We are profoundly saddened by the death on May 22, 2012 of Everett H. Ortner, noted preservationist and founding chairperson of both the Brownstone Revival Coalition and Preservation Volunteers. For almost fifty years, Everett worked tirelessly to preserve and defend New York’s brownstone neighborhoods. He was our dear friend.
After purchasing and restoring his Park Slope Brooklyn townhouse in 1963, Everett and his wife Evelyn (deceased 2005) personally spearheaded the brownstone revival movement. By organizing grassroots fairs and conferences, fighting banks who habitually “red-lined” mortgages in struggling brownstone neighborhoods, and founding several local and national preservation organizations, including Back to the City, Inc., the BRC, Preservation Volunteers, and Preservation Action, Everett helped save beloved townhouse neighborhoods in NYC and elsewhere.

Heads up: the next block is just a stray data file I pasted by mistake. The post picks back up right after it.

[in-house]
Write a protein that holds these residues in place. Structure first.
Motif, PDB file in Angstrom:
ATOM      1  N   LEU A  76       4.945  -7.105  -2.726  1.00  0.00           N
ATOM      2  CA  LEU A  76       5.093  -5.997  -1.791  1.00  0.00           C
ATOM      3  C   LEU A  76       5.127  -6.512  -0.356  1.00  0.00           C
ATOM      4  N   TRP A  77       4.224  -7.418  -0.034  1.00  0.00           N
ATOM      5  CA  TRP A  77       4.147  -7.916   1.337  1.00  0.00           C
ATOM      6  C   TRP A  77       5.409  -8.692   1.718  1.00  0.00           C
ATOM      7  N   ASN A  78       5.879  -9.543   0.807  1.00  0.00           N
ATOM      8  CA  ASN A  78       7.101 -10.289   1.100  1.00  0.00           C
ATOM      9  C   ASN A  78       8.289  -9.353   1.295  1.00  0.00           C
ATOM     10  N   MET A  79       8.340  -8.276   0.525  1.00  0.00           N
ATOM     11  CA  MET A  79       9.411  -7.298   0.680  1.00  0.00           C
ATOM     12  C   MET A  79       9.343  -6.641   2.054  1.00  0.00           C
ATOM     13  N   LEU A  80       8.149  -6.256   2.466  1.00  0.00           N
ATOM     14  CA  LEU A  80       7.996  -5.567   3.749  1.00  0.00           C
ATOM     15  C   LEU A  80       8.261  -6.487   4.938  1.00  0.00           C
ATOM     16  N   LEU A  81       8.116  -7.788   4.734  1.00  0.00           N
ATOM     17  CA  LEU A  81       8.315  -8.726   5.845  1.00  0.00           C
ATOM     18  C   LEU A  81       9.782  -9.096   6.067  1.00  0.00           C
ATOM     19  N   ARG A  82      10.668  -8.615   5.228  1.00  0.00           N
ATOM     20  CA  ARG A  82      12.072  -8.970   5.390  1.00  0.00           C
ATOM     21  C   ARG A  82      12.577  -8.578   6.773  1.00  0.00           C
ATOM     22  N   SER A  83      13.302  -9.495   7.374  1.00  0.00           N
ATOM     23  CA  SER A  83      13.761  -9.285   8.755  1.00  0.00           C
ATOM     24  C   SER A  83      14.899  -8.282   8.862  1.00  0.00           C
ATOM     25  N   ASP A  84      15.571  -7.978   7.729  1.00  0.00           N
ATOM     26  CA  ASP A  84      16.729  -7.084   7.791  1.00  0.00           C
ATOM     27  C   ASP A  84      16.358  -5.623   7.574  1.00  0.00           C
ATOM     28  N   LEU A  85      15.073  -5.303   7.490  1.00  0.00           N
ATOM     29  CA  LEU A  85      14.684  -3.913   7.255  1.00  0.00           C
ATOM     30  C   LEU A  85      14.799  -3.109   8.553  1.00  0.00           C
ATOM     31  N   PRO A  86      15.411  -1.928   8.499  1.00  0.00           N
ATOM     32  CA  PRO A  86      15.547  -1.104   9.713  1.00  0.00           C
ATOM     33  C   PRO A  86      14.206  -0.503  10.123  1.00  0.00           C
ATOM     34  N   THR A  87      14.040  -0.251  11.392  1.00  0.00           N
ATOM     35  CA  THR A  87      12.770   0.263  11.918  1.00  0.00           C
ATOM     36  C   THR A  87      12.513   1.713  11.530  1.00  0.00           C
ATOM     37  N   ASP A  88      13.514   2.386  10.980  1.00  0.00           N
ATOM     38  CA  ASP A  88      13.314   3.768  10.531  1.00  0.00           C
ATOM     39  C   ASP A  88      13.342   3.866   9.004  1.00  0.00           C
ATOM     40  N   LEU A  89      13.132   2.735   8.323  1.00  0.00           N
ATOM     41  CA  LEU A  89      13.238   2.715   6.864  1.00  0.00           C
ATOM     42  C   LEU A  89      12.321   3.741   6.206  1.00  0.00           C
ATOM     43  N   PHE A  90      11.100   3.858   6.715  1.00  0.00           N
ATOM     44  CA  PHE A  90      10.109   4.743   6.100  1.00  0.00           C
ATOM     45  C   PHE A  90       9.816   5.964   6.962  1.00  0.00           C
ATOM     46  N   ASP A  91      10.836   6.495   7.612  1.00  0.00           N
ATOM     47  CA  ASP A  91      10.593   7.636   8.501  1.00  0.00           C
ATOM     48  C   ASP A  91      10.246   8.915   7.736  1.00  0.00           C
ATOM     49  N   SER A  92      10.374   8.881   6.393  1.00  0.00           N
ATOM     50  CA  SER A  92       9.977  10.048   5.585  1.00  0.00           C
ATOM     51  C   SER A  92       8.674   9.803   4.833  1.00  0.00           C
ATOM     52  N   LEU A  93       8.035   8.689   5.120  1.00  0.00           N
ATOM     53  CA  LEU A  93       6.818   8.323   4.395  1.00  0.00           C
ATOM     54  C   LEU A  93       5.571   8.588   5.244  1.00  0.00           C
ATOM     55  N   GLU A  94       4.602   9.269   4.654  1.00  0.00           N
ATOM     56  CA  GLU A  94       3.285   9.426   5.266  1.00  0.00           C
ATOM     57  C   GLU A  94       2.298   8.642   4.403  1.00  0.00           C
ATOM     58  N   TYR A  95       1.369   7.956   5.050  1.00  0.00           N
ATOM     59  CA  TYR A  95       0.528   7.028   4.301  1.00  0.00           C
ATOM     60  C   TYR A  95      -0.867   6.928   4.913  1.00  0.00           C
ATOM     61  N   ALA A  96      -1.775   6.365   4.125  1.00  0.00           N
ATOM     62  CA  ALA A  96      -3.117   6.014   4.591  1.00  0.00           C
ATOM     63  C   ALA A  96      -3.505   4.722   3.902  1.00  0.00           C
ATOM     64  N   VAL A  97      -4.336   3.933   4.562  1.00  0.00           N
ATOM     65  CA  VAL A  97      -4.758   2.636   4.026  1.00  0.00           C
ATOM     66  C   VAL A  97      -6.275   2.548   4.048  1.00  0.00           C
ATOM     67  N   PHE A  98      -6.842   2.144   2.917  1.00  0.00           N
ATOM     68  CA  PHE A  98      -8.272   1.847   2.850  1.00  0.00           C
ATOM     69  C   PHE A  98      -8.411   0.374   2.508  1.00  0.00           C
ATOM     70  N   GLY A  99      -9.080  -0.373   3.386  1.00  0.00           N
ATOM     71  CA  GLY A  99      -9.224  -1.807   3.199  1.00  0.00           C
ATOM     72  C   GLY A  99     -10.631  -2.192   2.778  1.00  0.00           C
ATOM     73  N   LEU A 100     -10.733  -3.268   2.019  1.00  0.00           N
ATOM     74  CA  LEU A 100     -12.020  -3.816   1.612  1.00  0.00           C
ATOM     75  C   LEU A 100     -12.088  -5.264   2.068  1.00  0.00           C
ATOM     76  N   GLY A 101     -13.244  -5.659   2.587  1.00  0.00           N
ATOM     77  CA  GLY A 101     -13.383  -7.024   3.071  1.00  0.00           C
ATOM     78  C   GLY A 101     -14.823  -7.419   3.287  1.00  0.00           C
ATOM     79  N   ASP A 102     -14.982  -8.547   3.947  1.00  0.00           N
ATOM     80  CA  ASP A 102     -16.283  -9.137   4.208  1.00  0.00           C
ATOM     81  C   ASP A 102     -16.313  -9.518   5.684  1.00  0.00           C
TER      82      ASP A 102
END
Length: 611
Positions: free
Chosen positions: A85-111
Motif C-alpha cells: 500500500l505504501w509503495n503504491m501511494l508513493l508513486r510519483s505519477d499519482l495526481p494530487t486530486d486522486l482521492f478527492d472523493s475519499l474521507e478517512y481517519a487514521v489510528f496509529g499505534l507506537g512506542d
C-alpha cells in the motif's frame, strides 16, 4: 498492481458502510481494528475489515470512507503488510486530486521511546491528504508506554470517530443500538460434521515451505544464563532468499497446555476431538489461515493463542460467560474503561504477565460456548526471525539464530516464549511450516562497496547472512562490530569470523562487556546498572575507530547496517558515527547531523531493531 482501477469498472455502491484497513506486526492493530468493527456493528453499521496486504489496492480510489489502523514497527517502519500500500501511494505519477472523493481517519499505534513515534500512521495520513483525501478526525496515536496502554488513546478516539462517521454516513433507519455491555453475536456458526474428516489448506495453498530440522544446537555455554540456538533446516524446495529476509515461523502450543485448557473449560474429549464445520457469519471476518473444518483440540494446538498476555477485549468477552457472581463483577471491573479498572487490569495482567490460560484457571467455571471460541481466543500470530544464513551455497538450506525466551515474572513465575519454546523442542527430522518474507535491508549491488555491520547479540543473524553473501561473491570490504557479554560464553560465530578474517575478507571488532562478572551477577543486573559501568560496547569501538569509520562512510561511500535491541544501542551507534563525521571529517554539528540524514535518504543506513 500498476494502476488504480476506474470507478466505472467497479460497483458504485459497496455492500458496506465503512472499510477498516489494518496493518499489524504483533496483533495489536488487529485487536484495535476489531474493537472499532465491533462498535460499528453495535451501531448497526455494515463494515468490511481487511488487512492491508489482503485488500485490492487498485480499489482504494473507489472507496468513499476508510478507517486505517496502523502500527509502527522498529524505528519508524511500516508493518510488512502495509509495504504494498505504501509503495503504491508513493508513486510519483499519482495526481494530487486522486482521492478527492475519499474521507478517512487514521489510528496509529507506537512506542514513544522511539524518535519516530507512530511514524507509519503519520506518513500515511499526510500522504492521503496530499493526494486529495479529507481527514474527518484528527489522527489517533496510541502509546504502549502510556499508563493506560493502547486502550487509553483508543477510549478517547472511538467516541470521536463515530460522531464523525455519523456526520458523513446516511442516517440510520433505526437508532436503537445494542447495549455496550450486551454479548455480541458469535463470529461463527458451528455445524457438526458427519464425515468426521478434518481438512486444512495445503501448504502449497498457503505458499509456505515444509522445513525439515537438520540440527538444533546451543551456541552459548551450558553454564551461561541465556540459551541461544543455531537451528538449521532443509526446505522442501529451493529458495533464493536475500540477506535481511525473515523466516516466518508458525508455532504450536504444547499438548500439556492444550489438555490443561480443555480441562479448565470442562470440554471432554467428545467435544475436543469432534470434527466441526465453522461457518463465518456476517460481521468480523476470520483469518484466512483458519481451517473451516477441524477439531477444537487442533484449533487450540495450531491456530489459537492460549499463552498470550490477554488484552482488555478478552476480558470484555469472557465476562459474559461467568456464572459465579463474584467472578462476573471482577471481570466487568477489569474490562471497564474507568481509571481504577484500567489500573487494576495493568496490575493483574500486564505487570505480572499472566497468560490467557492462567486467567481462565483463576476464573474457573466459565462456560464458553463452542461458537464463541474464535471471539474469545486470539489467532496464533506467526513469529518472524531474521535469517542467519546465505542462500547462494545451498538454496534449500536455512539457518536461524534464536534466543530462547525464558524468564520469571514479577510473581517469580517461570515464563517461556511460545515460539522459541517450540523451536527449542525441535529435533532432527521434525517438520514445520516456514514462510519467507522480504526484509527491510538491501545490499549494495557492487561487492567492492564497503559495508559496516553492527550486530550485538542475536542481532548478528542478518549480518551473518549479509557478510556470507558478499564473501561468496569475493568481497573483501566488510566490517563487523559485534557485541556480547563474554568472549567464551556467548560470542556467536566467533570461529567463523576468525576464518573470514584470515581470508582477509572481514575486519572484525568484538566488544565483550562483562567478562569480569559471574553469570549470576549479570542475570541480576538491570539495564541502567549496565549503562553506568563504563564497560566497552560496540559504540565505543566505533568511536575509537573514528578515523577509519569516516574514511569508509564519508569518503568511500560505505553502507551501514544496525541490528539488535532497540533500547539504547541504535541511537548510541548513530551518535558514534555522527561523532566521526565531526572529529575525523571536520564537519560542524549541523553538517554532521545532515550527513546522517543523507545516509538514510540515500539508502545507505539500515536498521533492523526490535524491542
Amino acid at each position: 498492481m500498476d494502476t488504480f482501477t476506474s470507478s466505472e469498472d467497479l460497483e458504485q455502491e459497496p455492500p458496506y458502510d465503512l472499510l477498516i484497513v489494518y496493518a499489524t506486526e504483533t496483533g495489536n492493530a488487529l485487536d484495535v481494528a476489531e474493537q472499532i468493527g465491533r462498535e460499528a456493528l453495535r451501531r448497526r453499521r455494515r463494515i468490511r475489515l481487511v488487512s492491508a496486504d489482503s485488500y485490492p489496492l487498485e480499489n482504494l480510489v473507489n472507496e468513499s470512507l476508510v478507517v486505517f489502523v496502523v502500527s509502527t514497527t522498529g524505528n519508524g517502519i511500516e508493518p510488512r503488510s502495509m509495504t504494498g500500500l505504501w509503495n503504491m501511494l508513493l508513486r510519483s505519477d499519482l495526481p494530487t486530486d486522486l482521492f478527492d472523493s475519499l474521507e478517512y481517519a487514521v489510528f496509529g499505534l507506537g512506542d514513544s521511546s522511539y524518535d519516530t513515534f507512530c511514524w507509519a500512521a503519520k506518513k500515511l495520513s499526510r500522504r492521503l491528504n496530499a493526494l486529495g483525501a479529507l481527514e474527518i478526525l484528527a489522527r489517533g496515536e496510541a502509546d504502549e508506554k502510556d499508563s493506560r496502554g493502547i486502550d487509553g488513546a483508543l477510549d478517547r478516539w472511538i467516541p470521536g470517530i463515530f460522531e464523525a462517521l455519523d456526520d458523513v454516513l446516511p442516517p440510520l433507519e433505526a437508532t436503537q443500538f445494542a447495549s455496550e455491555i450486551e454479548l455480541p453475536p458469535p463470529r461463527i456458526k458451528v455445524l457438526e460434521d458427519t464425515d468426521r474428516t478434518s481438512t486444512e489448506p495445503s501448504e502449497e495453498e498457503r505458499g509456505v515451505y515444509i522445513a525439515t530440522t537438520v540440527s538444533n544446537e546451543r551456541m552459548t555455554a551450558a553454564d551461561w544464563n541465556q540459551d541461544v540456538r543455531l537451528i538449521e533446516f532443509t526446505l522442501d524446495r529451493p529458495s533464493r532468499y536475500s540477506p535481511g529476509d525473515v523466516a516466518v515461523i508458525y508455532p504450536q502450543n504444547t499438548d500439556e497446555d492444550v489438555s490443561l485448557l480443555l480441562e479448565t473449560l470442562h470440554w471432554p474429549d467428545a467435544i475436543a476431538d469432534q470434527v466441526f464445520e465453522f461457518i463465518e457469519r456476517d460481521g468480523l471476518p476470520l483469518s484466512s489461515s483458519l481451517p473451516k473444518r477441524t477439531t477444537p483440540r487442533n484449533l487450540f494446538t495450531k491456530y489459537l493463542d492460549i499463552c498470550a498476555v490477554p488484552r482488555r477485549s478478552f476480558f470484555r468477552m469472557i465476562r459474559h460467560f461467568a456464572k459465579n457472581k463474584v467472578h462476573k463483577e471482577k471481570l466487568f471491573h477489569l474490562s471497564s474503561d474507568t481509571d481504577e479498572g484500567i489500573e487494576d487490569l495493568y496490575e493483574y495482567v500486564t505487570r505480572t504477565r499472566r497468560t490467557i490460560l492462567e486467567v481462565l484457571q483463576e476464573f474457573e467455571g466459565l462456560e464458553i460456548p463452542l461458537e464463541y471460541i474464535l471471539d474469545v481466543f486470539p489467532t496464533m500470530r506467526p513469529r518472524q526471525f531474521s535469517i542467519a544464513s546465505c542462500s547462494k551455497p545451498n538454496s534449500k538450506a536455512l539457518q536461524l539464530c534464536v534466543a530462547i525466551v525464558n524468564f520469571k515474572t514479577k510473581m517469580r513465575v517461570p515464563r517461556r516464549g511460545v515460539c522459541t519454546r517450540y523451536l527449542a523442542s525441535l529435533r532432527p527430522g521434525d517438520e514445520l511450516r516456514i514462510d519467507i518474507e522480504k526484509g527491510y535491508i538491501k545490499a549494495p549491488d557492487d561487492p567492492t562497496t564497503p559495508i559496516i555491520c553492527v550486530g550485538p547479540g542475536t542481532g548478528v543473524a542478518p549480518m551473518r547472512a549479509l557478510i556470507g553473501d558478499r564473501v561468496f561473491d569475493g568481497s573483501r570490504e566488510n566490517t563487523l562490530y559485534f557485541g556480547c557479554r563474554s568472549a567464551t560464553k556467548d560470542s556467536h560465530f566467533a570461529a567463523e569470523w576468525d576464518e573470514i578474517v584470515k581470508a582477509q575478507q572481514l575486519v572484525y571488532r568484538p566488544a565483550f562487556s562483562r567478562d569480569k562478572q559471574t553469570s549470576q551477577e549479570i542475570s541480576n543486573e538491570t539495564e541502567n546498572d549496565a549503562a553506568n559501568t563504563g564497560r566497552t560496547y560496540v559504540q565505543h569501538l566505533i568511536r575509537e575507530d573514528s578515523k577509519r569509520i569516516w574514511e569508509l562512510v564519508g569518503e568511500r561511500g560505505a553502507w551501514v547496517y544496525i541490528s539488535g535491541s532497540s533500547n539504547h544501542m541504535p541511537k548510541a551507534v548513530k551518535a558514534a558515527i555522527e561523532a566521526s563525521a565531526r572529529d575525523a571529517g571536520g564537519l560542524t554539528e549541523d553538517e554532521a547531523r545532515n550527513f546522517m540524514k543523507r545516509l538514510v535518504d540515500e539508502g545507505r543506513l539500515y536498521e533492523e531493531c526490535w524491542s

A native of Lowell, MA, Everett graduated from the University of Arkansas in 1939. He spent 7 months in a POW camp during WWII and was decorated with the Bronze Star Medal for Valor as an infantry lieutenant in France. He was an editor, writer, and photographer at Popular Science magazine for 33 years until his retirement. He also penned numerous articles on urban revival and preservation topics.
Everett passed away after complications from a fall. He was 92 years old.
Check in on Monday for a full story about Everett’s life and work.
The estate requests that in lieu of flowers donations be made to Preservation Volunteers. To donate, go to preservationvolunteers.org.
Dexter and Jane